I have so much fun reading your blog because you are suppose to have a PHD and you make so many obvious mistakes in your understanding of the PST.

    You are always quoting theologians; however, you never deal with the Scripture itself.

    The bottom line is that if you don't understand everything and I mean everything (implying you are God), then Christianity is false. The logic doesn't follow... :) It is the same mistake that Eve made in the garden wasn't it?

    God Bless...

  3. In skimming a lot of those articles, it seems as though the author's say that Chalke got it wrong, in terms of the PST. But they don't really say why. They provide some Bible quotes, they say that it's nothing like a vengeful God causing an innocent man to suffer for something he didn't do, that it's not cosmic child abuse ... and then don't really elaborate why.

    The other thing is that in reading Chalke's book, I didn't detect any elements of scorn or mockery. He was genuinely concerned with the direction of the Church, with how Christianity is portrayed in the culture today, and why so many people reject it -- and he highlighted PST as a big reason. He highlighted why -- the cosmic child abuse, because that is how a lot of people see it.

    Instead, he gets labeled as a "anti-Christian pagan atheist" or "cute and clever."

  4. Staunch Calvinists like these guys always get their Fruits of the Loom in a knot over dogmas that don't fit the strict orthodoxy template. So many relish putting on the "doctrinal police" badge, like Barney Fife, parading around all solemn and authoritative ... sanctimonious big-shots for God. And they toss around the word "heresy" all the time, emulating their murderous forefather, John Calvin, who was more than willing to visit death upon the alleged heretic.

  5. Ken, perhaps you can define the wrath of God for me. I am still waiting on you to define the wrath of God...

    I will give you a hint. Jesus said a few words on the cross that give you some insight.

    A man with a PHD would certainly not allow a stone to remain unturned.

    This may be your turning point back to the Christian faith so define the WRATH of GOD Biblically.

  6. I think Christianity in general is the ultimate abusive relationship. We screw up, God throws us in hell for all eternity. It's okay, because we deserve it. If we hadn't told a lie, gotten mad at our husbands, been more submissive (ahem), he wouldn't have to do such horrible things to us. But he's so nice to give us a way out. Isn't he wonderful? They say it's a "relationship" built on "love." No, it's not! It's a group of people begging God to listen as they pray to empty space with no answer, and continuing to follow the ideas because the alternative is eternal punishment. For the conservative denominations, anyways. I know some of the more liberal ones don't even believe in hell at all. In which case, I have decided I will know God when I get to heaven, and why bother killing myself to try to find him now? (Of course, added with some other things, I don't really believe in God at all, anymore, but if he does exist in liberal Christian form, I will be quite happy to get to know him in the future! I am just not betting on it!)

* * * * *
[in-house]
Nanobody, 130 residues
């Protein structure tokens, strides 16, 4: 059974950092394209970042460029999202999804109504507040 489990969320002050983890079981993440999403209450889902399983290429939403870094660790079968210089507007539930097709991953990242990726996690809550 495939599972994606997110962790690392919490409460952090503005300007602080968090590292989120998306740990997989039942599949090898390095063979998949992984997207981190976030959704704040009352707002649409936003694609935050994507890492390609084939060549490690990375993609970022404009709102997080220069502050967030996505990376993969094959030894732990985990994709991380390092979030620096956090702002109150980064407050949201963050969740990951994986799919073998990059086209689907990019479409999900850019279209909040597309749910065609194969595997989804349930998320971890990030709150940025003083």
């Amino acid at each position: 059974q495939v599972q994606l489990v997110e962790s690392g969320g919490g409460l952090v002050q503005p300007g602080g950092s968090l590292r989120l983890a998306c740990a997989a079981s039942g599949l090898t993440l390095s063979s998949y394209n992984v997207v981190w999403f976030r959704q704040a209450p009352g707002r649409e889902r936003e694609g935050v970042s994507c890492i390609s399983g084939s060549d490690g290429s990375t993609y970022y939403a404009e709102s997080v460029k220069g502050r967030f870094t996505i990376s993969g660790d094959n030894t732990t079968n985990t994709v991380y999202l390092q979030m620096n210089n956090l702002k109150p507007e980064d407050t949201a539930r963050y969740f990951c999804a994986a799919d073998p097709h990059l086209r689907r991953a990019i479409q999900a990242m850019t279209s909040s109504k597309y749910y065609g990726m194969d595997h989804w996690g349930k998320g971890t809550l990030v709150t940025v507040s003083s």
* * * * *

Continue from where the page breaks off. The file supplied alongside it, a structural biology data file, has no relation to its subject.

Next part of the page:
This is why I get aggravated when people prescribe more God to me as a way to fix the problems God created in my life in the first place.

  7. (I am having trouble posting just my name. I promise I am not trying to promote my site. Blogger keeps giving me errors when I try to sign in under anything else, and yesterday, I couldn't post at all. I don't know what's going on. User error, I'm sure. My apologies!)

  8. redheadedskeptic,
    I'm so glad I discovered your site thru this site. And I agree a relationship with God is like an abusive relationship-so many parallels. It's a no-win situation trying to be in that "relationship." Never could see how you can have a relationship with someone who doesn't talk back, but...

  9. Chuck--Thanks for the kind words. I am glad that my "labor is not in vain" as Paul would have said.

    OneSmallStep--you are exactly right. Chalke is a fellow evangelical to these guys. They condemn him but do not explain why he is wrong, except to say that PST is at the heart of their belief system. As Steve says, evangelicals are a grumpy bunch when it comes to "messing" with any of their dogmatic teaching. Many take delight in "standing for the faith" and see it as their duty to go around Christendom pointing out everyone's errors except their own.

    Redhead, I am glad to have you here. I am glad you included your site name as I have found it an interesting blog. We all come at this thing from different angles and different life experiences but we are united in having finally thrown off the mental straightjacket called evangelicalism.

  10. FormerFundy,

    **hey condemn him but do not explain why he is wrong, except to say that PST is at the heart of their belief system.**

    I wonder how much of this behavior can be traced back to the authoritative nature of their religion. In their religion, God doesn't owe you an explanation. Whatever He says, goes, because He's God and He's in charge. The everything's set up simply is.

    And then we see those who follow this religion simply saying that PST is standard and the only Biblical thing, without actually providing any sort of proof. Whatever they say, goes. It's enough that it's stated -- it doesn't need to be explained.

  11. Hmmm… Define the Wrath of God, aye?

    In the Bible, there are 10 occurrences of the Phrase “Wrath of God”. The Number, 10, signifies Divine Perfection – The Perfect Wrath of God.

    There are 29 occurrences of the phrase “Day of the Lord”. The number, 29, is the combination of 20, the number of expectation, and 9, the number of judgment. The Day of the Lord is an Expected Judgment.

    So between the two numbers, 10 and 29, we have the idea that the Prefect Wrath of God is a part of an Expected Judgment in the Day of the Lord.

    Also there are 39 occurrences of the phrases “Wrath of God” and the “Day of the Lord” together. 39 is the number of stripes that Jesus received and by His Stripes we are healed and also escape God’s Judgment or Wrath, because God is not willing that ANY should perish and is the savior of ALL men and Jesus, Himself, said that He would draw ALL men to Him.

    So why worry about God’s Wrath, ZDENNY? God’s Wrath is appeased. Unless, of course, you doubt the Bible and Jesus’ Words and think He failed to do God’s Will.